See Also:Chapter 17, "Change Data Capture" for more information
Query Rewrite Enhancements
Query rewrite has been enhanced to support queries containing inline views. Prior to this release, queries containing inline views could rewrite only if there was an exact text match with the inline views in the materialized views. Because inline views no longer need to textually match between the query and the materialized view, a larger number of queries with inline views can be rewritten. Another significant query rewrite improvement is the ability to rewrite queries that reference remote tables.
See Also:Chapter 18, "Basic Query Rewrite" for more information
Refresh has been enhanced to support automatic index creation for
ALL materialized views, the use of query rewrite during a materialized view's atomic refresh, and materialized view refresh with set operators. Also, partition change tracking refresh of
ALL materialized views is now possible. Finally, catalog views have been enhanced to contain information on the staleness of partitioned materialized views. These improvements will lead to faster refresh performance.
See Also:Chapter 16, "Maintaining the Data Warehouse" for more information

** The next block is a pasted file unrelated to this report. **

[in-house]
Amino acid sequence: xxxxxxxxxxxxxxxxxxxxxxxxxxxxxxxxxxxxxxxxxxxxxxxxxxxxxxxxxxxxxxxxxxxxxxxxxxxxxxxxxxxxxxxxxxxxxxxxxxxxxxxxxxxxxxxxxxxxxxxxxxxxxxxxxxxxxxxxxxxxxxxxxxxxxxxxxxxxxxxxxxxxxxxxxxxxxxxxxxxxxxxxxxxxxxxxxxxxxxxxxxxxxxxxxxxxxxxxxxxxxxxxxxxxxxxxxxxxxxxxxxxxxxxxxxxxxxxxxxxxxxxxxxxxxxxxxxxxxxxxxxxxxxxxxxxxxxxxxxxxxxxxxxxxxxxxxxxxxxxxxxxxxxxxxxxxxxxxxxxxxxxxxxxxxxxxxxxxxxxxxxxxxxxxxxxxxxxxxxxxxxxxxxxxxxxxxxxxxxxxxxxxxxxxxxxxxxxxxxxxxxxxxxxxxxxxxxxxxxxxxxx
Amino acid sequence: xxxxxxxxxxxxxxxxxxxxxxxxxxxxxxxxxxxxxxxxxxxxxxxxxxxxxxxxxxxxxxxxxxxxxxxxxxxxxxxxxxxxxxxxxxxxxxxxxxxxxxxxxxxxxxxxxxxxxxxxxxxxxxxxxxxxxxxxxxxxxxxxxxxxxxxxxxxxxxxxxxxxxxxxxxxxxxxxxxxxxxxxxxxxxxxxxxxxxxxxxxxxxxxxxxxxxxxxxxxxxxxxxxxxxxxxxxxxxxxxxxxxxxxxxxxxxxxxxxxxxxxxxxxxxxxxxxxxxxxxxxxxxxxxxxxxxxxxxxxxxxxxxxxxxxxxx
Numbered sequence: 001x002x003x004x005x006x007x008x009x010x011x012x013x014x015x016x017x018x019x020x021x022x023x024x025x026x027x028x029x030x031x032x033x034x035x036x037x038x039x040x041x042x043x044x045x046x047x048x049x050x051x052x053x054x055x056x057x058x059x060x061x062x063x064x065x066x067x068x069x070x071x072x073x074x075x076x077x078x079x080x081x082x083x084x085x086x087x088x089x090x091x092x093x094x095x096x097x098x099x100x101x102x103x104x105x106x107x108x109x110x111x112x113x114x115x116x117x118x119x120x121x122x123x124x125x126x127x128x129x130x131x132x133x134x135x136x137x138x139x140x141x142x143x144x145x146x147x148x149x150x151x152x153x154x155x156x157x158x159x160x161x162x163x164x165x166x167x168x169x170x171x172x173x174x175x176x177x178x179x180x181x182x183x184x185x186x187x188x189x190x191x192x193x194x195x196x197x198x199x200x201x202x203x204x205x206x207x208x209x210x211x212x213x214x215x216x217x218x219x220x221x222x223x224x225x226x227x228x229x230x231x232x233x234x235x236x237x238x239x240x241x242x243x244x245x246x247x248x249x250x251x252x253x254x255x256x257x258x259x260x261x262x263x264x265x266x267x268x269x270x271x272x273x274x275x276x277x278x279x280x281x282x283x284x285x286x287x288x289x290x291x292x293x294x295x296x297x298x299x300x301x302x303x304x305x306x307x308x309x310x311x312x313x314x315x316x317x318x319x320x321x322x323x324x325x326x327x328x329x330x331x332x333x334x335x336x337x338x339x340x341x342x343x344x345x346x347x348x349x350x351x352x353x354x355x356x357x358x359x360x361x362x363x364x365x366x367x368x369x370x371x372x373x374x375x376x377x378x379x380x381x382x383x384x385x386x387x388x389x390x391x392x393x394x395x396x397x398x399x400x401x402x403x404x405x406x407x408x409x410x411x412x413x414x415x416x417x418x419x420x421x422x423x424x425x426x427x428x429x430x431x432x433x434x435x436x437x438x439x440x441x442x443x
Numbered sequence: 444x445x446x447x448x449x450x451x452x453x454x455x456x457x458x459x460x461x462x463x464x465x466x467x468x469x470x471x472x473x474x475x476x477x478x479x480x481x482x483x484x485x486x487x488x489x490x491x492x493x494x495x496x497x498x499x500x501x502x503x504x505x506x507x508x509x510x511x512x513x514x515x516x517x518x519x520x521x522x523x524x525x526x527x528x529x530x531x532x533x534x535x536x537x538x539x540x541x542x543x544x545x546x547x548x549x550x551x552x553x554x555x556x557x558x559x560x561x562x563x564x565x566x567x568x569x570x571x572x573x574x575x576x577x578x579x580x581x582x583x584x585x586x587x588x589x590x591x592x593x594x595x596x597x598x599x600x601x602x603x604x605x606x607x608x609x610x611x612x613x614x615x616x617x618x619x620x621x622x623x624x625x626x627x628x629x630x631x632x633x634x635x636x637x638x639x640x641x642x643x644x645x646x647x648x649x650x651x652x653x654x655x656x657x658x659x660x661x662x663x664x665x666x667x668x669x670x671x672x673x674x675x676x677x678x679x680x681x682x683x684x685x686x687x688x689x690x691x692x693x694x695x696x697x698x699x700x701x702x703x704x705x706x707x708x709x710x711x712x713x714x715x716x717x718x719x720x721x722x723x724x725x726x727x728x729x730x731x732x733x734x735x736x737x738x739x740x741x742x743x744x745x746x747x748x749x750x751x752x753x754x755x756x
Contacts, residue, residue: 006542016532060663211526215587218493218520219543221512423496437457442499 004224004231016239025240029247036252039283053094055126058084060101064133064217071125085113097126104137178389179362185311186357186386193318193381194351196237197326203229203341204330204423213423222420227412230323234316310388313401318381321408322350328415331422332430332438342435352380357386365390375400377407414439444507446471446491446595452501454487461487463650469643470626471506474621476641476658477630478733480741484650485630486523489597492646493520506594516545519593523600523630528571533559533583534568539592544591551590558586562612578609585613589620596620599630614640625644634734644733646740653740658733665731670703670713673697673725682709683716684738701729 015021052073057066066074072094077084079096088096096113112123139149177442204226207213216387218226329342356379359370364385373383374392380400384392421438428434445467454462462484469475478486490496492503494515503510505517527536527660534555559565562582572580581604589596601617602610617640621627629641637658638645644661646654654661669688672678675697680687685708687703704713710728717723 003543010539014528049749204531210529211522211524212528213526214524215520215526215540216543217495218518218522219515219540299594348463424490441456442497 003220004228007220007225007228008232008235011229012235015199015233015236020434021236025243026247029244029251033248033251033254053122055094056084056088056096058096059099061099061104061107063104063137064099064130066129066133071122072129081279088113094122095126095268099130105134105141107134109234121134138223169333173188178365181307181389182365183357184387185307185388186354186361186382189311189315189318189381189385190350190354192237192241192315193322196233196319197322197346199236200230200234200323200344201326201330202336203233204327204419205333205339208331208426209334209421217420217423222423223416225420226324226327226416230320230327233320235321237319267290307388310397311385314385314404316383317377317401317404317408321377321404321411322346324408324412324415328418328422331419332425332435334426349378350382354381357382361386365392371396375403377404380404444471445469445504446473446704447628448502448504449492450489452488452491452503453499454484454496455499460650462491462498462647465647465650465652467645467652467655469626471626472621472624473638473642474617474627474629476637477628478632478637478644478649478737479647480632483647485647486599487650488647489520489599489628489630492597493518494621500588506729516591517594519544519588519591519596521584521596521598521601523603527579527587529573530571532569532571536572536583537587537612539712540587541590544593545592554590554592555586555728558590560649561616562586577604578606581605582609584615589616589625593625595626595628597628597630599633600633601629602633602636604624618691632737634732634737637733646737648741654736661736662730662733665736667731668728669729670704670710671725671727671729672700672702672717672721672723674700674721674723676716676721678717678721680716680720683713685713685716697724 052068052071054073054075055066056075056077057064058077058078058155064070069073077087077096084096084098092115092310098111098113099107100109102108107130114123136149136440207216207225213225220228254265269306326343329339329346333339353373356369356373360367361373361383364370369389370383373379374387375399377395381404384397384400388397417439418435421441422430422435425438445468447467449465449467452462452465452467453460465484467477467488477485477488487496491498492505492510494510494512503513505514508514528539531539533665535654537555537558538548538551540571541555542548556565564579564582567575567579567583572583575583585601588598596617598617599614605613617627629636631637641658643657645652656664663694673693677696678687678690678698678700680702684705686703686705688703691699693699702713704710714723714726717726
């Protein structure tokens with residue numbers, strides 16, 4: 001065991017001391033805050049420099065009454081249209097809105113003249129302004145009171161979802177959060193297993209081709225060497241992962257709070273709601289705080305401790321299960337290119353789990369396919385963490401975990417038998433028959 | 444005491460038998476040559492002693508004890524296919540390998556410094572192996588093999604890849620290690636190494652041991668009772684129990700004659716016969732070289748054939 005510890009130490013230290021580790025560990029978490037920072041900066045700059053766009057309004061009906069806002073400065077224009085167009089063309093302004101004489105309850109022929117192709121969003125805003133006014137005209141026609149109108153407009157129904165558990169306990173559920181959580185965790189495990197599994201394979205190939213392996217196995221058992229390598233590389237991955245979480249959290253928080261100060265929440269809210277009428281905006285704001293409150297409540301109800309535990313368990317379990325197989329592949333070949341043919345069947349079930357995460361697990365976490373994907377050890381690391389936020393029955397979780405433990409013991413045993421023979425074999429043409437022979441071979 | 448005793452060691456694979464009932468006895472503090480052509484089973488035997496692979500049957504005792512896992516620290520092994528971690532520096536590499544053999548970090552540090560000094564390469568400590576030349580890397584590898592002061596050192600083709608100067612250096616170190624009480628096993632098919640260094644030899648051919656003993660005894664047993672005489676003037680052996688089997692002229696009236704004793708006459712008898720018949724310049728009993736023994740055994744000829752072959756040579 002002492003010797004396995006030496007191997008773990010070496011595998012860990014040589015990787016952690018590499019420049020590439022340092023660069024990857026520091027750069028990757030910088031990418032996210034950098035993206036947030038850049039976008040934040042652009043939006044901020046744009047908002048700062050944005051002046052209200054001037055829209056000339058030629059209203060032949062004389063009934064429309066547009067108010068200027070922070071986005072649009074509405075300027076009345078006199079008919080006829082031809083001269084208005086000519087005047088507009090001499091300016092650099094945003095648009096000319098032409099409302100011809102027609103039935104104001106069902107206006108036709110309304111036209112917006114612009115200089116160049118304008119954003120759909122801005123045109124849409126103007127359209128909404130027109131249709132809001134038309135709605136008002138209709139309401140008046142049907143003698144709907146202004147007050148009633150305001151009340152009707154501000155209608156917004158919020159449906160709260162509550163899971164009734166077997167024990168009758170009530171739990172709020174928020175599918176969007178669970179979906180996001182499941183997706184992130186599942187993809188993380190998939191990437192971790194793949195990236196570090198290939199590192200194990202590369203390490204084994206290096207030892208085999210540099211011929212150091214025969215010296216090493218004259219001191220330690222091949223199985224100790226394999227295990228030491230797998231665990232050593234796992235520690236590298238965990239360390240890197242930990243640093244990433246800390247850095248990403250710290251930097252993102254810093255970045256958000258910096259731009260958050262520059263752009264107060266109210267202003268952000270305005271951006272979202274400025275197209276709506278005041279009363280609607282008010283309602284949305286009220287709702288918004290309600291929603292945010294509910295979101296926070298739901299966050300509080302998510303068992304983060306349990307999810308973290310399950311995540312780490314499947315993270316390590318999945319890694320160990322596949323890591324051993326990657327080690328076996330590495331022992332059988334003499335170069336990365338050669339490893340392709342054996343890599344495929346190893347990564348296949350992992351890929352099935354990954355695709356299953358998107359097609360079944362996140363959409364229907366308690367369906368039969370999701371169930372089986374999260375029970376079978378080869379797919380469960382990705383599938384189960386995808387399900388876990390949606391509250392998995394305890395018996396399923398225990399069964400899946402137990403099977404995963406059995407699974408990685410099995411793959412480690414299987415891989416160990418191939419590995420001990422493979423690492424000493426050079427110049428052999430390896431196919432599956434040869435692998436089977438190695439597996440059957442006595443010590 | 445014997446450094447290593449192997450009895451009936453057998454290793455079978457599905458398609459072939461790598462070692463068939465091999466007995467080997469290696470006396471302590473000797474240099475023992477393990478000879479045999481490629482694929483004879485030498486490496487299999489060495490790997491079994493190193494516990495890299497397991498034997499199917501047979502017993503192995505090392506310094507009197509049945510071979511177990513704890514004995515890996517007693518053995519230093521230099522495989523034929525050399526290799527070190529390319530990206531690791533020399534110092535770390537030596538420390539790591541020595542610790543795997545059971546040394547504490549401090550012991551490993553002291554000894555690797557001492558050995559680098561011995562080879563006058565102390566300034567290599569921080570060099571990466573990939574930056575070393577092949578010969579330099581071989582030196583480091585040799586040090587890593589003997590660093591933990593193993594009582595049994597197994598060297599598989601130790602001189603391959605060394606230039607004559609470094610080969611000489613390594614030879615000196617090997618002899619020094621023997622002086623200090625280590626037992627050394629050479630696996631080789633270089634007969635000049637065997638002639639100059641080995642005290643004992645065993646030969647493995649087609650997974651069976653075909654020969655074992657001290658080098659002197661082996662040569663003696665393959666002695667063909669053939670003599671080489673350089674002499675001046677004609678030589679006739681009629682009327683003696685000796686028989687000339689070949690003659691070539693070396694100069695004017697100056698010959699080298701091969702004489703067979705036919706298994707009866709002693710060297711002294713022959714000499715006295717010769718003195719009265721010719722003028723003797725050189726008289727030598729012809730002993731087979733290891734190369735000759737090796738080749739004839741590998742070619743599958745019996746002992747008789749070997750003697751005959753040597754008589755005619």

Oracle OLAP Option Data Warehousing Features
The OLAP Option of the Oracle Database has been enhanced with several features designed to make OLAP cubes attractive alternatives to tables for managing and querying aggregate data in the data warehouse. These include:
Further integration of cubes into the SQL query engine. Advancements include integration of cubes with the Oracle query optimizer and a cube row source. These features dramatically increase the efficiency of SQL queries that select from OLAP cubes and dimensions by pushing joins directly into the Oracle Database's multidimensional engine, allowing efficient joins between tables and cubes and by improving overall row/second throughput when selecting from cubes.
Automatic query rewrite to cube organized materialized views. Cube-organized materialized views access data from OLAP cubes rather than tables. Like table-based materialized views, application can write queries to detail tables or views and let the database automatically rewrite the query to pre-aggregated data in the cube.
Database-managed automatic refresh of cubes. In this release, cubes can be refreshed using the
DBMS_MVIEW.REFRESH program, just like table-based materialized views. Cubes provide excellent support for
FAST (incremental) refresh.
Cost-based aggregation. In many situations, cubes are much more efficient at managing aggregate data as compared to tables. Cost-based aggregation improves upon these advantages by improving the efficiency of pre-aggregating and querying aggregate data, and by simplifying the process of managing aggregate data.
Database administrators who support dimensionally modeled data sets (for example, star/snowflake schema) for query by business intelligence tools and applications should consider using OLAP cubes as a summary management solution because they may offer significant performance advantages.